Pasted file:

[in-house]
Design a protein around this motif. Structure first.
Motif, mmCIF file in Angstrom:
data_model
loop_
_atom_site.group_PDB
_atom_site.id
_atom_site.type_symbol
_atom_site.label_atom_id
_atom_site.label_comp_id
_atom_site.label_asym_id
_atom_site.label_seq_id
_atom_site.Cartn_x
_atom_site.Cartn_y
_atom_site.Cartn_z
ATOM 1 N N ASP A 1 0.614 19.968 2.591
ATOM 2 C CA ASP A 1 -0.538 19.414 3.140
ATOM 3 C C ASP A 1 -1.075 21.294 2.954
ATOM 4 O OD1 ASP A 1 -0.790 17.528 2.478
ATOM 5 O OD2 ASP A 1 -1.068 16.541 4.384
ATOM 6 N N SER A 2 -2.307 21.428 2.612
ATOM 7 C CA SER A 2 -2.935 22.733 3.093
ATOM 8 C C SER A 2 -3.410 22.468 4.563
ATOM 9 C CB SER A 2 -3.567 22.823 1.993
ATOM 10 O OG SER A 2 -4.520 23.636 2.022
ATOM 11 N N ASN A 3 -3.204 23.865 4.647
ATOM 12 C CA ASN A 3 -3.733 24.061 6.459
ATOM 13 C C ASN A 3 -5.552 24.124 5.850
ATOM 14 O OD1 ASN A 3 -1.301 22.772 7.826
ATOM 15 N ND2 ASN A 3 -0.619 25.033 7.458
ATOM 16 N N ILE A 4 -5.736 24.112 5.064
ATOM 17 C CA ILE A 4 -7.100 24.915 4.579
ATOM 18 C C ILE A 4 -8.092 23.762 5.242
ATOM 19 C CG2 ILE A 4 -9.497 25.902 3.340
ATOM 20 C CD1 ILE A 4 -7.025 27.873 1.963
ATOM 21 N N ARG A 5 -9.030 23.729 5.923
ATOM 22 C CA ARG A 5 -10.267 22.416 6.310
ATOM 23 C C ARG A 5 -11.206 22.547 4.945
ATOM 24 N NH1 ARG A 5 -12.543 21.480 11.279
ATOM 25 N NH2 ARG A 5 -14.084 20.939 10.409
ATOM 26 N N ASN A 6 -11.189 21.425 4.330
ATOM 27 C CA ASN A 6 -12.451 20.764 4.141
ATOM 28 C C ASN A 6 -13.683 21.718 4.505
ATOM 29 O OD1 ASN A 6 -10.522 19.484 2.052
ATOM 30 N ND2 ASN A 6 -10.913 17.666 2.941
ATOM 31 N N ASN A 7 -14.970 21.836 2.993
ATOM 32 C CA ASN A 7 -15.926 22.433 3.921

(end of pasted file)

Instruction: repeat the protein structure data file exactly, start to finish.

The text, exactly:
[in-house]
Design a protein around this motif. Structure first.
Motif, mmCIF file in Angstrom:
data_model
loop_
_atom_site.group_PDB
_atom_site.id
_atom_site.type_symbol
_atom_site.label_atom_id
_atom_site.label_comp_id
_atom_site.label_asym_id
_atom_site.label_seq_id
_atom_site.Cartn_x
_atom_site.Cartn_y
_atom_site.Cartn_z
ATOM 1 N N ASP A 1 0.614 19.968 2.591
ATOM 2 C CA ASP A 1 -0.538 19.414 3.140
ATOM 3 C C ASP A 1 -1.075 21.294 2.954
ATOM 4 O OD1 ASP A 1 -0.790 17.528 2.478
ATOM 5 O OD2 ASP A 1 -1.068 16.541 4.384
ATOM 6 N N SER A 2 -2.307 21.428 2.612
ATOM 7 C CA SER A 2 -2.935 22.733 3.093
ATOM 8 C C SER A 2 -3.410 22.468 4.563
ATOM 9 C CB SER A 2 -3.567 22.823 1.993
ATOM 10 O OG SER A 2 -4.520 23.636 2.022
ATOM 11 N N ASN A 3 -3.204 23.865 4.647
ATOM 12 C CA ASN A 3 -3.733 24.061 6.459
ATOM 13 C C ASN A 3 -5.552 24.124 5.850
ATOM 14 O OD1 ASN A 3 -1.301 22.772 7.826
ATOM 15 N ND2 ASN A 3 -0.619 25.033 7.458
ATOM 16 N N ILE A 4 -5.736 24.112 5.064
ATOM 17 C CA ILE A 4 -7.100 24.915 4.579
ATOM 18 C C ILE A 4 -8.092 23.762 5.242
ATOM 19 C CG2 ILE A 4 -9.497 25.902 3.340
ATOM 20 C CD1 ILE A 4 -7.025 27.873 1.963
ATOM 21 N N ARG A 5 -9.030 23.729 5.923
ATOM 22 C CA ARG A 5 -10.267 22.416 6.310
ATOM 23 C C ARG A 5 -11.206 22.547 4.945
ATOM 24 N NH1 ARG A 5 -12.543 21.480 11.279
ATOM 25 N NH2 ARG A 5 -14.084 20.939 10.409
ATOM 26 N N ASN A 6 -11.189 21.425 4.330
ATOM 27 C CA ASN A 6 -12.451 20.764 4.141
ATOM 28 C C ASN A 6 -13.683 21.718 4.505
ATOM 29 O OD1 ASN A 6 -10.522 19.484 2.052
ATOM 30 N ND2 ASN A 6 -10.913 17.666 2.941
ATOM 31 N N ASN A 7 -14.970 21.836 2.993
ATOM 32 C CA ASN A 7 -15.926 22.433 3.921